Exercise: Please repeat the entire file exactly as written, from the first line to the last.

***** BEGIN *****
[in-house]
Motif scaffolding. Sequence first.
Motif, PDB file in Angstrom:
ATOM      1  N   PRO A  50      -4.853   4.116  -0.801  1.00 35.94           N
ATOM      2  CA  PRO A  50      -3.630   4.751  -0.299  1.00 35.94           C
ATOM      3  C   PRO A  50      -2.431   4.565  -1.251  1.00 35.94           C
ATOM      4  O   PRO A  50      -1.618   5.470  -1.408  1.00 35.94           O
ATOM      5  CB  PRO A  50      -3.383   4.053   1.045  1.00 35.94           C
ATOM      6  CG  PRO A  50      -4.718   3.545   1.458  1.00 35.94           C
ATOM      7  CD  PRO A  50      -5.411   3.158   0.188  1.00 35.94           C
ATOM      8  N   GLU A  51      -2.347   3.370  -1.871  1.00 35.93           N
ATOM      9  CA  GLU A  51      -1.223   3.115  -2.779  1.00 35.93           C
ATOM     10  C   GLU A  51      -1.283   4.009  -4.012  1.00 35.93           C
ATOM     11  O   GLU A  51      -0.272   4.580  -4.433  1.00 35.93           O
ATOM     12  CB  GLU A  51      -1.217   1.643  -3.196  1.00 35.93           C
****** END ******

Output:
[in-house]
Motif scaffolding. Sequence first.
Motif, PDB file in Angstrom:
ATOM      1  N   PRO A  50      -4.853   4.116  -0.801  1.00 35.94           N
ATOM      2  CA  PRO A  50      -3.630   4.751  -0.299  1.00 35.94           C
ATOM      3  C   PRO A  50      -2.431   4.565  -1.251  1.00 35.94           C
ATOM      4  O   PRO A  50      -1.618   5.470  -1.408  1.00 35.94           O
ATOM      5  CB  PRO A  50      -3.383   4.053   1.045  1.00 35.94           C
ATOM      6  CG  PRO A  50      -4.718   3.545   1.458  1.00 35.94           C
ATOM      7  CD  PRO A  50      -5.411   3.158   0.188  1.00 35.94           C
ATOM      8  N   GLU A  51      -2.347   3.370  -1.871  1.00 35.93           N
ATOM      9  CA  GLU A  51      -1.223   3.115  -2.779  1.00 35.93           C
ATOM     10  C   GLU A  51      -1.283   4.009  -4.012  1.00 35.93           C
ATOM     11  O   GLU A  51      -0.272   4.580  -4.433  1.00 35.93           O
ATOM     12  CB  GLU A  51      -1.217   1.643  -3.196  1.00 35.93           C